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Shepard senior’s motto: Afraid not

Shepard High School student Patty Clohessy had her head shaved as sophomore help raise money for St. Baldrick's Foundation.

Shepard High School student Patty Clohessy had her head shaved as a sophomore to help raise money for the St. Baldrick's Foundation. | Supplied photo

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Updated: April 4, 2014 6:06AM



Patty Clohessy is not afraid to try new things. And she knows something about fear.

Between public speaking, shaving her head and researching a disease that leaves some people unable to feel fear, she has some experience in the topic.

A senior at Shepard High School in Palos Heights, Clohessy has earned Honors with Distinction, the highest academic honor a high school student can receive in Community High School District 218, along with multiple awards in speech.

She doesn’t let fear get the best of her.

Clohessy, 18, became involved with speech as a freshman.

“It helped improve my confidence and I learned how to speak to an audience,” she said.

That also helped not only in everyday conversations, but in class projects and even college interviews.

“Now I can talk to them without feeling too nervous,” she said.

Nervous? This is a girl whom District 218 spokesman Bob McParland describes as “so gutsy, she shaved her head to raise money for pediatric cancer research for St. Baldrick’s Day as a sophomore.”

Timid, she is not.

“I understood that St. Baldrick’s helps a lot with raising money that cancer patients need. It is an emotional thing and cancer has always been something that gets to me,” Clohessy said. “So if I have to shave my head, I would, because it is so right.”

Clohessy conceded it was a little scary.

“I was a little apprehensive because I was afraid of what was going to happen but when it came down to the moment, I was excited about what I was going to look like and I had a lot of support from friends and family,” she said.

As a junior, she made posters to help the cause. This year, she will help collecting money as well.

In fact, Clohessy knows that fear can hold you back from experiences, and she doesn’t want anything to do with it.

In speech, Clohessy competed in informative speaking. Students pick a topic that is relatable to current times.

“You research the topic and write a speech about it,” Clohessy said. “You define what it is and how you can apply it to everyday life. Not only do I get to inform everyone about it, but I get to learn new things just being in there.”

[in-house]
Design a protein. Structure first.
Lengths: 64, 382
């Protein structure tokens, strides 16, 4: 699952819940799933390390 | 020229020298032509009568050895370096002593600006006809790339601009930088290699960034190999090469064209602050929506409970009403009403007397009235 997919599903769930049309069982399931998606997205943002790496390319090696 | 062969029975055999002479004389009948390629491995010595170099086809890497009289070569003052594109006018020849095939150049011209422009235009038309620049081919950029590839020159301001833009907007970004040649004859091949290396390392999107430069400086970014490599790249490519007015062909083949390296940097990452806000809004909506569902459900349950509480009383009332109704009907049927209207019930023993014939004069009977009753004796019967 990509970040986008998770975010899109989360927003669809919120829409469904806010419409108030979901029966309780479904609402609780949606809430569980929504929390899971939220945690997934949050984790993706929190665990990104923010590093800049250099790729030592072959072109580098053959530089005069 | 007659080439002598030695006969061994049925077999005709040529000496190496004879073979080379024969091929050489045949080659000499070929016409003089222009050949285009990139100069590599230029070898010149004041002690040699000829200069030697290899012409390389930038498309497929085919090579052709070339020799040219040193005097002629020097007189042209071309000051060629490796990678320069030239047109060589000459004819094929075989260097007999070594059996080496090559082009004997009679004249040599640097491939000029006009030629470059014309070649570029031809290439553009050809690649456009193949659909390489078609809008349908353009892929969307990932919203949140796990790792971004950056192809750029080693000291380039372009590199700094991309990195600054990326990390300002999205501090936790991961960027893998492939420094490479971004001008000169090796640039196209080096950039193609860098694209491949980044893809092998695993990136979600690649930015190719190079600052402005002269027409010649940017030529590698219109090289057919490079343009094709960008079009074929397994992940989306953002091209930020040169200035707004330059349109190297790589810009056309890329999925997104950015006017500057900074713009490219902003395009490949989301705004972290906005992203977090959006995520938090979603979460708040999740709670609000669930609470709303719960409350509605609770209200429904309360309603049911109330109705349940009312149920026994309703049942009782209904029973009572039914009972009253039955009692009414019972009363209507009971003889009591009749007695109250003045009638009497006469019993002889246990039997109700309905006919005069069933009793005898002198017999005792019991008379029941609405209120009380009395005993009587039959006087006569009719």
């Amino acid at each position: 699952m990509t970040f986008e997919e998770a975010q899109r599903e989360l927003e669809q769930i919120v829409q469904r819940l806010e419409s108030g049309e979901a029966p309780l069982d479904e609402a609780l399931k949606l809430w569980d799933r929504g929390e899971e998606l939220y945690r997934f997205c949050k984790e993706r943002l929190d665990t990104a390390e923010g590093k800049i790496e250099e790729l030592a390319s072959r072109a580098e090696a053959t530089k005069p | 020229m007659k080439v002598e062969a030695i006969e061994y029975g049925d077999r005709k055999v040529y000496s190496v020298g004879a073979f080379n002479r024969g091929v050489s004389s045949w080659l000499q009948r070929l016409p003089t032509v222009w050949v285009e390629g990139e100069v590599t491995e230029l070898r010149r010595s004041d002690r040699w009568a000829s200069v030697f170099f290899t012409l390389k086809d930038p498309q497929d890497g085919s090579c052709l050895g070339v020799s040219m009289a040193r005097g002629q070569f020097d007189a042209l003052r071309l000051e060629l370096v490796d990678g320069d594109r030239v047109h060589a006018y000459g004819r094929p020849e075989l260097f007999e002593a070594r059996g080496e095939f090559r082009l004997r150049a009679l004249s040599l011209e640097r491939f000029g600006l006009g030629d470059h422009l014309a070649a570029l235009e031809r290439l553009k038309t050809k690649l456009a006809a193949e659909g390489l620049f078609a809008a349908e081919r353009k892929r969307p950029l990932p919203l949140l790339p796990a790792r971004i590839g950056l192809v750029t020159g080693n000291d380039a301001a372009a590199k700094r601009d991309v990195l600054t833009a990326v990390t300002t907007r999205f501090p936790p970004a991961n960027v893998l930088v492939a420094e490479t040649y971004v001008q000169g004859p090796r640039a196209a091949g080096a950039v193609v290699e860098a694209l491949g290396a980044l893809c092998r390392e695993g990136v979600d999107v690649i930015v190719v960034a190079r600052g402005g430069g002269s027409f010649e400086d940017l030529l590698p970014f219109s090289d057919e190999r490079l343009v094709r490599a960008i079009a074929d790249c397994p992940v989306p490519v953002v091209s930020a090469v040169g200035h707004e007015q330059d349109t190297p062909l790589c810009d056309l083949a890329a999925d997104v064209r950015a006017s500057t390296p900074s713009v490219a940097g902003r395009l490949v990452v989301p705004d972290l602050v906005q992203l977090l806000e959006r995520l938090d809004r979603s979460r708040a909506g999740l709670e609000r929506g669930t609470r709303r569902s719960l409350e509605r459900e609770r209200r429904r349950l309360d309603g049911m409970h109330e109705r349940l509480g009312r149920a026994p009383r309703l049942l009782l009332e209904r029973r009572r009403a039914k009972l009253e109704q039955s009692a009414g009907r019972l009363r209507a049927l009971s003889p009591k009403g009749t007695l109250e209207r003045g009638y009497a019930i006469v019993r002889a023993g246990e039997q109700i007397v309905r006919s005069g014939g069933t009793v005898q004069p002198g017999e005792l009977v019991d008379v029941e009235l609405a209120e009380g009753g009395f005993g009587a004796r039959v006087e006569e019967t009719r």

This year, Clohessy competed with the topic of Urbach-Wiethe disease, a genetic disorder with dermatological and neurological symptoms, one of which is the inability to feel fear.

“People who can’t feel fear can go into certain situations and never feel upset or apprehensive. I talk about how this can help us in society,” she said. “People with this disease have a curiosity about things, so they learn a lot. If we didn’t have fear, we would all experience more. Nothing would hold us back.”

Shepard finished eighth in the state in speech.

In addition to speech, Clohessy is a member of drama club, mathletes, student council and the National Honor Society. If that weren’t enough, she recently learned she was selected as one of 175 Golden Apple Scholars of Illinois Class of 2014, an honor awarded to high school seniors who want to pursue a career in education.

Golden Apple Scholars receive tuition assistance, and the foundation enhances each student’s education through internships and seminars on the art and craft of teaching, according to McParland. Scholars also receive a $2,000 stipend for each Summer Institute they attend, plus mentoring support from award-winning teachers in the Golden Apple Scholars network, according to McParland.

Clohessy said her mentors right now are her parents, Miryam and Pat Clohessy, of Alsip.

“They push me to do well in school and they are always there to give me support with everything,” she said.

Next school year, she’d like to attend DePaul University, St. Xavier University or Roosevelt University and pursue a degree in education.

“I recently have been working with students with autism and working with them made me realize I like working with students and people who need and want my help,” she said.

“I just love learning new things and just the idea of being able to go to school and start to find new things really interests me,” she said. “I keep alluding back to my parents but they’ve always had high hopes for me. That makes me want to repay what they have done for me by getting a good education and doing something with my life.”



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